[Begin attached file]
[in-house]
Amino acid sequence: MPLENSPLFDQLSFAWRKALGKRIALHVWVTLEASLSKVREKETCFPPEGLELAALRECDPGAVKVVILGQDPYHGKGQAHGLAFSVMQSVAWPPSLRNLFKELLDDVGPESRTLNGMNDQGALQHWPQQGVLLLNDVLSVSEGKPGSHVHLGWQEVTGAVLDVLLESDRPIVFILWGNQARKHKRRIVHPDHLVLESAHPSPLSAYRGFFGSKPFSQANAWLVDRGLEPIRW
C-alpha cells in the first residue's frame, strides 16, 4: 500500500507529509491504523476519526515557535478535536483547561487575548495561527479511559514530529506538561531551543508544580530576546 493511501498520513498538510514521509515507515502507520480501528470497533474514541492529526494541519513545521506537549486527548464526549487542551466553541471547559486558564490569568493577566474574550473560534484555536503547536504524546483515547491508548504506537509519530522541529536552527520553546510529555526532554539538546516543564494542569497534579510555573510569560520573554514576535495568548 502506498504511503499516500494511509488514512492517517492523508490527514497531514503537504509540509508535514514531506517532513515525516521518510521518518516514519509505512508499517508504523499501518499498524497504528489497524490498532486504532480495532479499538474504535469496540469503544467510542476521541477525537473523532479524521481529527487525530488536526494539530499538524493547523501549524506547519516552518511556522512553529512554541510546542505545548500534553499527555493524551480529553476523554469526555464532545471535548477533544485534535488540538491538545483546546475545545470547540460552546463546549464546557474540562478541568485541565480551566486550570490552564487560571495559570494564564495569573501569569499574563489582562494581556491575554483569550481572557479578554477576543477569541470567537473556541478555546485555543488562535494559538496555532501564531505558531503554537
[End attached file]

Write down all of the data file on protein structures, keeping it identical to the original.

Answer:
[in-house]
Amino acid sequence: MPLENSPLFDQLSFAWRKALGKRIALHVWVTLEASLSKVREKETCFPPEGLELAALRECDPGAVKVVILGQDPYHGKGQAHGLAFSVMQSVAWPPSLRNLFKELLDDVGPESRTLNGMNDQGALQHWPQQGVLLLNDVLSVSEGKPGSHVHLGWQEVTGAVLDVLLESDRPIVFILWGNQARKHKRRIVHPDHLVLESAHPSPLSAYRGFFGSKPFSQANAWLVDRGLEPIRW
C-alpha cells in the first residue's frame, strides 16, 4: 500500500507529509491504523476519526515557535478535536483547561487575548495561527479511559514530529506538561531551543508544580530576546 493511501498520513498538510514521509515507515502507520480501528470497533474514541492529526494541519513545521506537549486527548464526549487542551466553541471547559486558564490569568493577566474574550473560534484555536503547536504524546483515547491508548504506537509519530522541529536552527520553546510529555526532554539538546516543564494542569497534579510555573510569560520573554514576535495568548 502506498504511503499516500494511509488514512492517517492523508490527514497531514503537504509540509508535514514531506517532513515525516521518510521518518516514519509505512508499517508504523499501518499498524497504528489497524490498532486504532480495532479499538474504535469496540469503544467510542476521541477525537473523532479524521481529527487525530488536526494539530499538524493547523501549524506547519516552518511556522512553529512554541510546542505545548500534553499527555493524551480529553476523554469526555464532545471535548477533544485534535488540538491538545483546546475545545470547540460552546463546549464546557474540562478541568485541565480551566486550570490552564487560571495559570494564564495569573501569569499574563489582562494581556491575554483569550481572557479578554477576543477569541470567537473556541478555546485555543488562535494559538496555532501564531505558531503554537